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Newt Gingrich

Former House Speaker; Chairman of Gingrich 360

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Better schools are not the only solution for at-risk students

Jul 26, 2023

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Research has shown that investing in education yields positive results for at-risk students in low-income communities. For instance, a 2022 University of Michigan study revealed that students attending well-funded schools are 15% less likely to be arrested up to the age of 30.

However, the situation becomes more complex for a generation of students living in disadvantaged conditions. Straight Arrow News contributor Newt Gingrich expresses deep concern about the next generation growing up in high-crime and economically deprived neighborhoods. He believes that addressing the challenges faced by these children requires looking beyond schools and exploring alternative solutions.

But what’s occurred to me listening to people who are actively teaching, and who are involved in trying to help students, is that maybe the problem is much more than just the schools. Maybe it’s the families, the neighborhood, the culture.

You know, if you live in an area, where at 10 or 12 years of age, you can already be out selling drugs, or engaged in other kinds of activities that are illegal, but making a lot of money, you might have a lot smaller incentive for sitting in a classroom and learning. If you’re in an area where your parents didn’t get a very good education, and they don’t care if you get a good education or not, or you’re from a broken home, and you may have absentee parents — in many cases, latchkey kids are on their own. 

The result is what we may be facing is a much deeper crisis — a crisis which includes drugs, a crisis which includes an underground economy, a crisis which includes people who are so depressed that they have an epidemic of suicide.

When we look at some of the school results, particularly in neighborhoods where the schools are a disaster, for example, in Baltimore City, there are some 21 schools in which not a single student can pass math, not one out of over 2000 students, and you go around the country, you find a number of places where you have this kind of literally disastrous result. 

 

But what’s occurred to me listening to people who are actively teaching, and who are involved in trying to help students, is that maybe the problem is much more than just the schools, maybe it’s the families, the neighborhood, the culture. You know, if you live in an area, where at 10 or 12 years of age, you can already be out selling drugs, or engaged in other kinds of activities that are illegal, but making a lot of money, you might have a lot smaller incentive for sitting in a classroom and learning. If you’re in an area where your parents didn’t get a very good education, and they don’t care if you get a good education or not, or you’re from a broken home, and you may have absentee parents — in many cases, latchkey kids are on their own. 

 

The result is what we may be facing is a much deeper crisis, a crisis which includes drugs, a crisis which includes an underground economy, a crisis which includes people who are so depressed that they have an epidemic of suicide. And it’s not just the schools, but it may be having to think about how do you take a neighborhood, which has lost hope, which has lost the habit of work, which has lost a sense of law and order and crime being inappropriate, and instead has gotten to a point where a very high percentage of involved in crime, a very high percentage of actually going to prison, with the parents feel like the kids aren’t their problem.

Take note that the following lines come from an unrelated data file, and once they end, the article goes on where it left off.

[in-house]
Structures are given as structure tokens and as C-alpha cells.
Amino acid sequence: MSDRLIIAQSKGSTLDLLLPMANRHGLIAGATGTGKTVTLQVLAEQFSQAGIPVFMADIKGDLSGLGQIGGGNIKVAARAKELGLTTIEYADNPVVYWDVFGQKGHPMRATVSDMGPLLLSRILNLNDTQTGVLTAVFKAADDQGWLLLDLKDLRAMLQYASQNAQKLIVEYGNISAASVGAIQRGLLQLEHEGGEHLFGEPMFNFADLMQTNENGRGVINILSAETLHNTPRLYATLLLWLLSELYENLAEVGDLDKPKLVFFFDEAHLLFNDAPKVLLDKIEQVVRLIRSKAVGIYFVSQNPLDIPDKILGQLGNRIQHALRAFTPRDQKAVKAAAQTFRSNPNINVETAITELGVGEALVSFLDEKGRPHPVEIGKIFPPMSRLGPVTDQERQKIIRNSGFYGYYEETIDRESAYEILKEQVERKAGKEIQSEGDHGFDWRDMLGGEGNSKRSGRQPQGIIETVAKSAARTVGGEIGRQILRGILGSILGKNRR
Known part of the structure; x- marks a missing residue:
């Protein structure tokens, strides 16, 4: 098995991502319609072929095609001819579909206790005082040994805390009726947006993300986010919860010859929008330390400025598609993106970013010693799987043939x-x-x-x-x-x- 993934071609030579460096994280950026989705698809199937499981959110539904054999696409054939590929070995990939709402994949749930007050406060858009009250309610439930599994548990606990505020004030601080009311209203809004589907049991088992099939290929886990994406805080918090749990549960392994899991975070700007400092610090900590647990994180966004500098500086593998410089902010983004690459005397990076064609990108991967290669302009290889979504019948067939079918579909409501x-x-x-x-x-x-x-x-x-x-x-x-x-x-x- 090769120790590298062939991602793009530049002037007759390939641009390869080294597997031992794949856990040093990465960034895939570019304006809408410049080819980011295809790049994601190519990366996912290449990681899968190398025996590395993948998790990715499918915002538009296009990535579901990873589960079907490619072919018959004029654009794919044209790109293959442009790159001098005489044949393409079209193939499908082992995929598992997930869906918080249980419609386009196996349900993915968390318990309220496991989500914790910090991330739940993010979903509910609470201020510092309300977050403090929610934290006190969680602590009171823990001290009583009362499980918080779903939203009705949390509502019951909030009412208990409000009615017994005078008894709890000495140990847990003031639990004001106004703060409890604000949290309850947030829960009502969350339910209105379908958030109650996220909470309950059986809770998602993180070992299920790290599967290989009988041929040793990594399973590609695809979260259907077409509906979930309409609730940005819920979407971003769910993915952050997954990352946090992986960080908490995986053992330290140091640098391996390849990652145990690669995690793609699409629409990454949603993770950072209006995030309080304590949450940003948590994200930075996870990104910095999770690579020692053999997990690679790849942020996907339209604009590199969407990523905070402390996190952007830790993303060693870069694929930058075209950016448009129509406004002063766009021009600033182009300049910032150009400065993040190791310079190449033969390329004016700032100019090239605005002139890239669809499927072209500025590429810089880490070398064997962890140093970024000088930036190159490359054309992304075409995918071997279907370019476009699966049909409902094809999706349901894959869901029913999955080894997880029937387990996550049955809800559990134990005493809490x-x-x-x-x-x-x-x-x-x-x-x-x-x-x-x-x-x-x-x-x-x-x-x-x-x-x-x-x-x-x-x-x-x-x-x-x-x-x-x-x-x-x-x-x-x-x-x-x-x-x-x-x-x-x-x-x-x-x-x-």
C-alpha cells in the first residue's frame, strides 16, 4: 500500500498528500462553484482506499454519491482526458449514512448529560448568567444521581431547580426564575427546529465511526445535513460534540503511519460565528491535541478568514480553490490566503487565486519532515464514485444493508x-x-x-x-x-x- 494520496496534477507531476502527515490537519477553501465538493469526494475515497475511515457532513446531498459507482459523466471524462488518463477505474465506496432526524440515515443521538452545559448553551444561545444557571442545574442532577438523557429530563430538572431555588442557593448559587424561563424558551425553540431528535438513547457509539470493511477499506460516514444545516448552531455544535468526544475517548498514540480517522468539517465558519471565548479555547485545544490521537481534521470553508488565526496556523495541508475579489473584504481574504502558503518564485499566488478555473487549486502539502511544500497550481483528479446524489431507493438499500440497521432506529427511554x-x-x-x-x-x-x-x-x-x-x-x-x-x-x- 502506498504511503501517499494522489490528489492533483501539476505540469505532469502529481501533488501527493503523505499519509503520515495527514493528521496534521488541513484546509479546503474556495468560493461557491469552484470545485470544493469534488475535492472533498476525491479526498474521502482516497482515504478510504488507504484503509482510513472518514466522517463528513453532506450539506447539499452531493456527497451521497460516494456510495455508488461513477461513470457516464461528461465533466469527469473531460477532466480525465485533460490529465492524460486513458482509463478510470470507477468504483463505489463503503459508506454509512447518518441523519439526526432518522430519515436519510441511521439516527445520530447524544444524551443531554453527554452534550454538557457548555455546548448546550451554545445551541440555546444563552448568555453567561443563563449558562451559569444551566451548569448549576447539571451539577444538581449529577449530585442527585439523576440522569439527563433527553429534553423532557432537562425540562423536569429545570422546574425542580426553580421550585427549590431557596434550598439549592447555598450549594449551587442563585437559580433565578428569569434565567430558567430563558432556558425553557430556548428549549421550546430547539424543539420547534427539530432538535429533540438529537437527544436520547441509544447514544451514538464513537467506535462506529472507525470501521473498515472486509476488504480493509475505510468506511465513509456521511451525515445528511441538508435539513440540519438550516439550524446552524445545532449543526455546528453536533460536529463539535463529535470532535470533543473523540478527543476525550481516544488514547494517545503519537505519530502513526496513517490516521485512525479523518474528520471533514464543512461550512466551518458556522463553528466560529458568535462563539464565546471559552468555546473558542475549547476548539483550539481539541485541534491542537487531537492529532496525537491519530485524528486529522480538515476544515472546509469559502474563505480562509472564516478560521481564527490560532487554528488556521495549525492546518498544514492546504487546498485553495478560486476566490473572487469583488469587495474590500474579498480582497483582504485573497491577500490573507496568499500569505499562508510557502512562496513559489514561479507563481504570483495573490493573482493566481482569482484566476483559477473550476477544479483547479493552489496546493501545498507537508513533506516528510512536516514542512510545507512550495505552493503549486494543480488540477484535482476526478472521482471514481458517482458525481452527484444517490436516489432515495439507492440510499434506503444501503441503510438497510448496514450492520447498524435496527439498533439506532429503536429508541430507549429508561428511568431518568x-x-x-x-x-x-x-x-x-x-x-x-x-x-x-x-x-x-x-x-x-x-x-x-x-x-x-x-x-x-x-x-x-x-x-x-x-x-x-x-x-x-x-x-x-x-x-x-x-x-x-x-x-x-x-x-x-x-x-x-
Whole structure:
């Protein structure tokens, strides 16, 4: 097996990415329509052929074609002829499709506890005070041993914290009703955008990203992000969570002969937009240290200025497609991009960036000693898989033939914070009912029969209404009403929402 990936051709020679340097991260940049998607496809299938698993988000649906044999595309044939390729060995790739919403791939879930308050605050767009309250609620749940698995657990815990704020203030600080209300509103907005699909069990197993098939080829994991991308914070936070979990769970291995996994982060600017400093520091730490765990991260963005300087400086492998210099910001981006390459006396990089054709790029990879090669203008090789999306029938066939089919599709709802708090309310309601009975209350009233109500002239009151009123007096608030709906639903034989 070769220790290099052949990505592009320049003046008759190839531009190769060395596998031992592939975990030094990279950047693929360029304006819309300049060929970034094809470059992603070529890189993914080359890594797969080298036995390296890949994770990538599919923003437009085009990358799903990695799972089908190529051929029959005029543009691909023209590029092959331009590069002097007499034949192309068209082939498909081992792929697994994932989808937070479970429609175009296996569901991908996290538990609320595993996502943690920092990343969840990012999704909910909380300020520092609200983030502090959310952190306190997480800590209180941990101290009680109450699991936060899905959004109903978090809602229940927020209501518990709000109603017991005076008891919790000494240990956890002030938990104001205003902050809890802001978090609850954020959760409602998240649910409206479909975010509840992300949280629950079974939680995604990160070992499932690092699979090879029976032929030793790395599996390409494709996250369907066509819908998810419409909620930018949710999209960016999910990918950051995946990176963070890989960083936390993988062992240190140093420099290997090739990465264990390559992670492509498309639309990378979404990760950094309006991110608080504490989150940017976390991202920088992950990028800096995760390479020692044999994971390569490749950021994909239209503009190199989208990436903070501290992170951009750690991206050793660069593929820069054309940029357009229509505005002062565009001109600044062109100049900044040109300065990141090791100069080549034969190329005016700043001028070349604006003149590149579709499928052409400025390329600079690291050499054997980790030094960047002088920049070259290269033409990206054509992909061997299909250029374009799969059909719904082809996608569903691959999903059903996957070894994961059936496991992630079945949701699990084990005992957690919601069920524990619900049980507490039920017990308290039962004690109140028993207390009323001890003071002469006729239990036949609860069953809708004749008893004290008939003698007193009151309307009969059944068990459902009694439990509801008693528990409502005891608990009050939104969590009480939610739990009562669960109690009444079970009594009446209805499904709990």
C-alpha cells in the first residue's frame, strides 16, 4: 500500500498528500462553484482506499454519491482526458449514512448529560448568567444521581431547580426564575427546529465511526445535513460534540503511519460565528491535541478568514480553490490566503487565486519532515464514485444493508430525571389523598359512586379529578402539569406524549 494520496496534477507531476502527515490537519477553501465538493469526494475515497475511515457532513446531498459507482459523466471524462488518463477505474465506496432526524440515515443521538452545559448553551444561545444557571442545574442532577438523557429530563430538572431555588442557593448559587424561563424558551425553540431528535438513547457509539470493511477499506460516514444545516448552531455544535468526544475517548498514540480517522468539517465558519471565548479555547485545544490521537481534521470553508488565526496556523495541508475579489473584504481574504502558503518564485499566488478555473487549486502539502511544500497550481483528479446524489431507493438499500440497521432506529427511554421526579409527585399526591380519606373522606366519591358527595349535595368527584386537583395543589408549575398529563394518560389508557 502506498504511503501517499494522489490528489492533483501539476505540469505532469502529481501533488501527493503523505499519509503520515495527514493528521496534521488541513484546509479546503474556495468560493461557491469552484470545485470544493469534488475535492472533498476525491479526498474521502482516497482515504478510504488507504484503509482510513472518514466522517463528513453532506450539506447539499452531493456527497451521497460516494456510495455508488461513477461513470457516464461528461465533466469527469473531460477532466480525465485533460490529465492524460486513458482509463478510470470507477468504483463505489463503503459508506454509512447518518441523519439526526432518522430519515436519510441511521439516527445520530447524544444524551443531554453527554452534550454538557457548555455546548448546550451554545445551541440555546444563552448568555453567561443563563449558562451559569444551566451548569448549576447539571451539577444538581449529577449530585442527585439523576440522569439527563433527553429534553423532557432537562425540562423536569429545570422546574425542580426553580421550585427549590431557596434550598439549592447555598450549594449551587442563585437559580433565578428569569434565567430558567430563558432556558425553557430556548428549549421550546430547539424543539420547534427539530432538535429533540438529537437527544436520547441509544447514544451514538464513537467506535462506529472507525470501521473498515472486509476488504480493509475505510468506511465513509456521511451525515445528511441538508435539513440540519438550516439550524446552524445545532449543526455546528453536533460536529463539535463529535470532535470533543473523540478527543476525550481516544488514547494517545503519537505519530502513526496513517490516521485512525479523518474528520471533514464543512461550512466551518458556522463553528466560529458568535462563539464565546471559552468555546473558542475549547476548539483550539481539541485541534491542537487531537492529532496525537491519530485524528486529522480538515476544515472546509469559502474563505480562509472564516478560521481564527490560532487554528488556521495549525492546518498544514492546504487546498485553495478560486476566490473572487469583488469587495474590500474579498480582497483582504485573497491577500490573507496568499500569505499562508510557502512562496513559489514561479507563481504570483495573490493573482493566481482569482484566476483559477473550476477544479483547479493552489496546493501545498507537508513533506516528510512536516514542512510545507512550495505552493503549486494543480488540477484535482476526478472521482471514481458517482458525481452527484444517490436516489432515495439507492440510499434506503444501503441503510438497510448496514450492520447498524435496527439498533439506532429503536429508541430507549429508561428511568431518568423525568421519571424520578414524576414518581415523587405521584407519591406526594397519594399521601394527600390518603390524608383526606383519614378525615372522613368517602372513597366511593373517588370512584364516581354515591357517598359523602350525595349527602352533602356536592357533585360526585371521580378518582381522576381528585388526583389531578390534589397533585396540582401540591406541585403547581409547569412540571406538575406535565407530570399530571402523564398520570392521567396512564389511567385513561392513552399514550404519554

As one teacher said to me, when she called some of the students who were in real trouble, their parent’s attitude was not, you got him from nine to four, that’s your problem. I don’t care what they do. And they wouldn’t come to meetings, they wouldn’t try to help, and we know that parental involvement and parental responsibility is a very significant part of how well students do. So what I’m suggesting is, whether it’s on some of the Native American reservations, on some of the poorest towns in Appalachia, or in parts of the decaying industrial Midwest, or whether it’s in some of our biggest cities, maybe what we’re faced with are entire neighborhoods, where the culture has to change, the incentives have to change, and to think about it only as a school problem, or a problem that can be solved in the classroom for a few hours a day, may be fundamentally wrong. 

 

I think this is a huge question, and one which the average American should really be thinking about. Because in the long run, a healthy free society can’t have 1000s and 1000s of people who can’t read, can’t write, can’t do math, can’t hold down a good job, can’t learn enough to be good citizens. And yet, in many neighborhoods, a significant number of neighborhoods, we are now producing a generation incapable of doing serious work, incapable of understanding the requirements of citizenship, and frankly, probably going to have children who they’re going to treat the same way they were treated. And so you’re going to have generations of people who aren’t prepared to be part of the modern world.

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